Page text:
Genre:   Adventure

Developer:    Casterman, Microids

Publisher:     Codemasters

Designed by:   Benoît Sokal, Emmanuel Dexet, Eric Brouillat

Released:   1999

PC Requirements:   Windows 95/98 Me, Pentium 200 MHz    32 MB  RAM, 4x CD-ROM Drive, 4MB DIRECTM  Compatible Video Card, Sound BlasterTM  Compatible Sound Card

Walkthrough  Walkthrough




by Lasanidine

“Embark on the adventure of a lifetime as you discover the secrets of the Amerzone jungle and mystery behind the legend of the White Birds”


There are many adventure games with wonderful story lines, interesting puzzles and fine graphics. However, we rarely have the opportunity to play one as carefully and lovingly crafted as Amerzone, where you have the added pleasure of Benoit Sokal’s artistry.


The game grabs you with the first scene and never lets you go until you finish it. It opens with miserable weather that you must endure to visit an old man who only has minutes to live. These minutes are enough to fill you with his regret and despair for things left undone, as Valambois begs you with his last breath to right the wrongs he committed.


When he dies, you are not very clear as to what you have to do. So, you search his lonely home to find the clues for this unusual mission. You read his diary, his notes and letters and the sad, pitiful story of a misunderstood adventurer unfolds. The lonely lighthouse in Brittany holds a wonderful treasure, a living egg of the fabled white birds. Valambois stole this egg from the Indian tribe to which it belonged. He was hoping to gain fame and fortune, and for this he betrayed his friends and the girl who loved him. The egg must be returned where it belongs so that the prophecy of the white birds can come to pass. You decide to finish his mission and so starts the wonderful voyage that is Amerzone.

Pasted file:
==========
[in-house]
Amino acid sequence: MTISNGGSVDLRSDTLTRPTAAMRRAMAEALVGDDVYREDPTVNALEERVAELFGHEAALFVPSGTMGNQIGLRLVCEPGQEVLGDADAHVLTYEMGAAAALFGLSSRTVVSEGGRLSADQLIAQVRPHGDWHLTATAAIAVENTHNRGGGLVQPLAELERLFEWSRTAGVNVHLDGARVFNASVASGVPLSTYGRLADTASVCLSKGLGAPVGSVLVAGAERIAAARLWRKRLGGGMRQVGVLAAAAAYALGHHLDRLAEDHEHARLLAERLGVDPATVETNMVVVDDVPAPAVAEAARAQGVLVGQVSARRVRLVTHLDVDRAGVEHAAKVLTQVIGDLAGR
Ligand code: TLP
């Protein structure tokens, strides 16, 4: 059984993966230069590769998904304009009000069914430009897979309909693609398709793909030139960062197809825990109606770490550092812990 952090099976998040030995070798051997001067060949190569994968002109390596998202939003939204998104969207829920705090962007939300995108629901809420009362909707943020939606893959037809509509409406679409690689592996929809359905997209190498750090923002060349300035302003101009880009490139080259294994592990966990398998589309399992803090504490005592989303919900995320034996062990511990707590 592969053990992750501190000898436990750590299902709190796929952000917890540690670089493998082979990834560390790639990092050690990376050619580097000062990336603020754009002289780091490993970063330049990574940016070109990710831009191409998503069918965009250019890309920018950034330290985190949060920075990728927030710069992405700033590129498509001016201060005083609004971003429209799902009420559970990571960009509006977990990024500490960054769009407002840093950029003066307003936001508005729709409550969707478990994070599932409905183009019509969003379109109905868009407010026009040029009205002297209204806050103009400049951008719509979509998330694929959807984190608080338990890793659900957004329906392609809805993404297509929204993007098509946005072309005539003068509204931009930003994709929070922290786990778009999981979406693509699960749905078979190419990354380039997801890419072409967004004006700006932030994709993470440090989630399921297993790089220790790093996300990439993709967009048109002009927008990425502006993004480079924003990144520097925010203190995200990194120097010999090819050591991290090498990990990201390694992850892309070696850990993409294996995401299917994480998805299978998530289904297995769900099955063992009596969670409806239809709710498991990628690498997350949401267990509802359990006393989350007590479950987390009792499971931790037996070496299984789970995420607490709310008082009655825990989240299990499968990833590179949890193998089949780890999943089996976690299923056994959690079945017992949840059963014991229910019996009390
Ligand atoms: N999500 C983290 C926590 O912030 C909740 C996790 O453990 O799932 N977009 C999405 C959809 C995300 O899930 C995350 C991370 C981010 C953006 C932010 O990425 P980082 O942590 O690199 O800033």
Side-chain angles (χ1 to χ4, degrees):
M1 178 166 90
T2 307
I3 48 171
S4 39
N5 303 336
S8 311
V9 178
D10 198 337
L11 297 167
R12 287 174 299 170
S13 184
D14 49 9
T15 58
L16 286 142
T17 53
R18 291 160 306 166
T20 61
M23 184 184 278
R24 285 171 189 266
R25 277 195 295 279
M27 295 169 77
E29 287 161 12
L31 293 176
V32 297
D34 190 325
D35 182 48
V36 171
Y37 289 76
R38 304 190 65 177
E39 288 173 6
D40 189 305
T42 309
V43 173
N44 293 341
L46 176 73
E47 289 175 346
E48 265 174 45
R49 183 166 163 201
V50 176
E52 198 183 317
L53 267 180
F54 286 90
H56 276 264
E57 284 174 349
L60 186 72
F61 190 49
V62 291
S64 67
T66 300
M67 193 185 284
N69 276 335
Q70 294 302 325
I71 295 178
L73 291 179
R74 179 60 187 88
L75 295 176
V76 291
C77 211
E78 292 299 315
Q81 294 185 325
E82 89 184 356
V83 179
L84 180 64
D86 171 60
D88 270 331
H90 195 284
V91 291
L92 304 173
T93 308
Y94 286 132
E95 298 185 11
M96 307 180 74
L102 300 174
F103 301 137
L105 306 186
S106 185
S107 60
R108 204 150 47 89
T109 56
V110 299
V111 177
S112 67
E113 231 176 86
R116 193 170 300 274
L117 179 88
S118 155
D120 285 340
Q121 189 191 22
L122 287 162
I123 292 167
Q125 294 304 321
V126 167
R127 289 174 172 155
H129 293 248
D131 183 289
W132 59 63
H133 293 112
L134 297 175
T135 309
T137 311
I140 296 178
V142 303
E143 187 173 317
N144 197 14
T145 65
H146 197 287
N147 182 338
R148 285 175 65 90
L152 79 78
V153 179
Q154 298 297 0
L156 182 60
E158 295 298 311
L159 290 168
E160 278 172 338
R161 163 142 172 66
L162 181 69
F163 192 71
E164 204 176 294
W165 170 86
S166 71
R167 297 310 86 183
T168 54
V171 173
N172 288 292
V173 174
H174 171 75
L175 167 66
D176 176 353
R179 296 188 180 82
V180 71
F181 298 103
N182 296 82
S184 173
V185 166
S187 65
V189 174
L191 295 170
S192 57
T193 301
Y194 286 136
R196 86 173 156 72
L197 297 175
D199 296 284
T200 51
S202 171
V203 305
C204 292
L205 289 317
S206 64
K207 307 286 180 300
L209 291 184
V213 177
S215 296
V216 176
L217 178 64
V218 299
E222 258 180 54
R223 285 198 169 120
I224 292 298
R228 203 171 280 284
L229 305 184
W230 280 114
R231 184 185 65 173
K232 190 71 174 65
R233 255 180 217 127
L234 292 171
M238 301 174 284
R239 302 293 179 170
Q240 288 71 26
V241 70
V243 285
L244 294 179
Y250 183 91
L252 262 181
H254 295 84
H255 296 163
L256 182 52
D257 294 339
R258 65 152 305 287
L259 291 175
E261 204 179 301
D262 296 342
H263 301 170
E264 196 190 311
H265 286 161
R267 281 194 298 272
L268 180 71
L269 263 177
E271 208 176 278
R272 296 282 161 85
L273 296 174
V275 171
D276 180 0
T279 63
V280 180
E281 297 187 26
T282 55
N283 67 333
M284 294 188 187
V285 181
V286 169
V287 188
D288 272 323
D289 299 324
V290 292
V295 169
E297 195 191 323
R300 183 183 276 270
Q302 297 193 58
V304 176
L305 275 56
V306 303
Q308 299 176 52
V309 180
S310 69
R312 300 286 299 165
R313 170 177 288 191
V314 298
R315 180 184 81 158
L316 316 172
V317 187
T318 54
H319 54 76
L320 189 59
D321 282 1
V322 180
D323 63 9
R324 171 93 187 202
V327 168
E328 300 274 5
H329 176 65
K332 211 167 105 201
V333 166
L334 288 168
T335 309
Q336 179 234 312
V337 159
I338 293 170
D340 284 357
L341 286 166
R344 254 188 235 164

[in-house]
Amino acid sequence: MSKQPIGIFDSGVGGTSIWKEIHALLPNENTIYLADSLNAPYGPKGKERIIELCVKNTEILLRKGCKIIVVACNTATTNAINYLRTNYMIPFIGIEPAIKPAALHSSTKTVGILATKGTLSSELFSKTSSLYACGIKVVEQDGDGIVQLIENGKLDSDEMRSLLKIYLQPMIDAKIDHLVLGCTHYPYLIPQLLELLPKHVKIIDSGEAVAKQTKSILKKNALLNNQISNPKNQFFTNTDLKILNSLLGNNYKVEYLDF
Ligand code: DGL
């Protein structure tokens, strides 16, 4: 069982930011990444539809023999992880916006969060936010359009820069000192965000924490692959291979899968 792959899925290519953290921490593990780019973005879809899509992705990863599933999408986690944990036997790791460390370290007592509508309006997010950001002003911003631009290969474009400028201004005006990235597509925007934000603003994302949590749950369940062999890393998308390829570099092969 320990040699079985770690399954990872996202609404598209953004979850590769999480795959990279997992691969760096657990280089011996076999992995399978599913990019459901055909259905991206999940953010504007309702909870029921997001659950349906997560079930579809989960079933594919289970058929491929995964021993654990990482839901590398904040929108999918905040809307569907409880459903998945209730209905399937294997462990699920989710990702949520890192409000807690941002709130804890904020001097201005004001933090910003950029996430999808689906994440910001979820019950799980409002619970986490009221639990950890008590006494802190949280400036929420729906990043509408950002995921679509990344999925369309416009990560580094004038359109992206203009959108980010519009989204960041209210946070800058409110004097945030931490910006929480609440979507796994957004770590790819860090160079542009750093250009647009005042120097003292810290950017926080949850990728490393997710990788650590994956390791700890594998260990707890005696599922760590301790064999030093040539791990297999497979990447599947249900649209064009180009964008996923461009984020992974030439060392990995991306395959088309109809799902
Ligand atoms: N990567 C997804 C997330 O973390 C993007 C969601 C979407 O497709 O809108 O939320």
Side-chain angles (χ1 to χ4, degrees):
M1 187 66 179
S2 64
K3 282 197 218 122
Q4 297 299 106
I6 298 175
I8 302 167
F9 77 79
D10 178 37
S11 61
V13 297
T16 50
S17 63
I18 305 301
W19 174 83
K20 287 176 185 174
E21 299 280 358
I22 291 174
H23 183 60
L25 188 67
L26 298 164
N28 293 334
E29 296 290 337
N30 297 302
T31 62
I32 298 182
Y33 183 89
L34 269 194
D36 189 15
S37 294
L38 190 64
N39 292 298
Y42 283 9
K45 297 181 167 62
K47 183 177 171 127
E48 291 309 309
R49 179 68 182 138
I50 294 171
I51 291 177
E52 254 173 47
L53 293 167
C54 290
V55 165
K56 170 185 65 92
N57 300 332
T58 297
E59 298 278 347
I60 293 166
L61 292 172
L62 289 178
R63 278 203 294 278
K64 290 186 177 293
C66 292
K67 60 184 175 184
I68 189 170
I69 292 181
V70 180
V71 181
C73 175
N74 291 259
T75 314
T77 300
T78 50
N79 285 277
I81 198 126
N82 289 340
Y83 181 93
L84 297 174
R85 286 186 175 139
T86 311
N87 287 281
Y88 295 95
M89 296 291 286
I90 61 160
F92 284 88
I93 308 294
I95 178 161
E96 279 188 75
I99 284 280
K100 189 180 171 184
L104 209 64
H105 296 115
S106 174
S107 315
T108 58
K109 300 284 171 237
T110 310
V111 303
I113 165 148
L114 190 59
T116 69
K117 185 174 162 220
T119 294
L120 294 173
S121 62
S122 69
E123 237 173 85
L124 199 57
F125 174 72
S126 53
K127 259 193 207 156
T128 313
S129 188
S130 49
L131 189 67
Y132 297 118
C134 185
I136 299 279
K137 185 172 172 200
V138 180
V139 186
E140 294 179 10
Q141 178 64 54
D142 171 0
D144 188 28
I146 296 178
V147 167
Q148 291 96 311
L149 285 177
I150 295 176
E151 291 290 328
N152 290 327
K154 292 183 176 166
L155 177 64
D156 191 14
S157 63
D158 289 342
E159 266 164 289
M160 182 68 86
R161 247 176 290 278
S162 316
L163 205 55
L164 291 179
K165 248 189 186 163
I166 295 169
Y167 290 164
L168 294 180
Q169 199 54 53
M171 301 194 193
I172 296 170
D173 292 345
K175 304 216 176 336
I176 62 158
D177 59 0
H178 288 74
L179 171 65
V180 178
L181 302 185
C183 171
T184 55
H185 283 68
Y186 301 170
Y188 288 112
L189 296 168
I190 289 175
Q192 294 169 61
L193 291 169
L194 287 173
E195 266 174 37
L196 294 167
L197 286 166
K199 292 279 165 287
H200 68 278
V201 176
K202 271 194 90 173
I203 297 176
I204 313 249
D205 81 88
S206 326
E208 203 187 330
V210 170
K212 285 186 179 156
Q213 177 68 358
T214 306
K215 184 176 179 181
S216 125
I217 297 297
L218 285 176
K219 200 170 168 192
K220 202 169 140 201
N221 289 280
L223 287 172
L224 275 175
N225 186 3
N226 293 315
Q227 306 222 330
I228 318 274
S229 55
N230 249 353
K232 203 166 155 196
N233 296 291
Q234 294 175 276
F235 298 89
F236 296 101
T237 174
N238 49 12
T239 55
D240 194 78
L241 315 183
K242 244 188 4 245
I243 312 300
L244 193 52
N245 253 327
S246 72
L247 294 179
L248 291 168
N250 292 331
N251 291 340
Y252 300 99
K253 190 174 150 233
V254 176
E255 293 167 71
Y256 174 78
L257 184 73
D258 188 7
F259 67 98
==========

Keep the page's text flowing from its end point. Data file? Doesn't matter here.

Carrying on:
An ingenious machine, a hydro-float-flyer that you can manipulate aids your trip. Your first take off is an unforgettable sight to behold. You visit an almost uninhabited island where you need to make use of the resources and find much needed guidance for the rest of your trip. Here you must navigate an underwater maze and rescue a trapped whale.

Soon you are on your way again, your trip is eventful and you visit many interesting places.




Unlike some games in this one you meet with people. You encounter comical, brutal, tragic and extraordinary people whose character and role are always succinct; like a dart to the very core. There is the irritable beach bum who resents your presence on his island. At the abandoned village a drunken guard hits you first and does not ask questions later. There is also a gentle priest who still tends the grave of the girl who loved Valambois. Later an Indian girl will prepare the egg for its final function.  Finally you meet the power hungry dictator whose youthful idealism long ago turned to tyranny.  These characters are fully animated from scratch rather than superimposed on the background. The same thing is true for the animals. They are varied, with some being dangerous looking, others endearing and some are purely imaginary (Porcopotamus, Pechosaur, Suckerer). You have to interact with some of them, either with cunning or with force, as you continue your trip up river to your destination. The puzzles are a little harder in this area.